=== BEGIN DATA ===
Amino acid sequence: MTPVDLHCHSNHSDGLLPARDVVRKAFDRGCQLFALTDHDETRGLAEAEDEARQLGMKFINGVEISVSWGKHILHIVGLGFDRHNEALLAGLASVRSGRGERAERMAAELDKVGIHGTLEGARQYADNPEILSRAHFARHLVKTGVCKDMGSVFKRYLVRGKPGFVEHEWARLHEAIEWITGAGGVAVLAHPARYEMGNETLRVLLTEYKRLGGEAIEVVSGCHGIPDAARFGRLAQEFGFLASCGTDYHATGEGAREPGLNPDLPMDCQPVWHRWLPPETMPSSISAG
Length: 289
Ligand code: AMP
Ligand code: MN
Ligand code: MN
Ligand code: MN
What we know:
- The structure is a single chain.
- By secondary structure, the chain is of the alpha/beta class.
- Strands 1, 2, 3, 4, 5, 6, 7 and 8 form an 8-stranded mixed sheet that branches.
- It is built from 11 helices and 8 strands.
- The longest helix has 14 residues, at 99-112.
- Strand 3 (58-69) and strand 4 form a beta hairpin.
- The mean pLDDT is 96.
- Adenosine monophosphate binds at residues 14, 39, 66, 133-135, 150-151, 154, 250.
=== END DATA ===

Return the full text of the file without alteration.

Amino acid sequence: MTPVDLHCHSNHSDGLLPARDVVRKAFDRGCQLFALTDHDETRGLAEAEDEARQLGMKFINGVEISVSWGKHILHIVGLGFDRHNEALLAGLASVRSGRGERAERMAAELDKVGIHGTLEGARQYADNPEILSRAHFARHLVKTGVCKDMGSVFKRYLVRGKPGFVEHEWARLHEAIEWITGAGGVAVLAHPARYEMGNETLRVLLTEYKRLGGEAIEVVSGCHGIPDAARFGRLAQEFGFLASCGTDYHATGEGAREPGLNPDLPMDCQPVWHRWLPPETMPSSISAG
Length: 289
Ligand code: AMP
Ligand code: MN
Ligand code: MN
Ligand code: MN
What we know:
- The structure is a single chain.
- By secondary structure, the chain is of the alpha/beta class.
- Strands 1, 2, 3, 4, 5, 6, 7 and 8 form an 8-stranded mixed sheet that branches.
- It is built from 11 helices and 8 strands.
- The longest helix has 14 residues, at 99-112.
- Strand 3 (58-69) and strand 4 form a beta hairpin.
- The mean pLDDT is 96.
- Adenosine monophosphate binds at residues 14, 39, 66, 133-135, 150-151, 154, 250.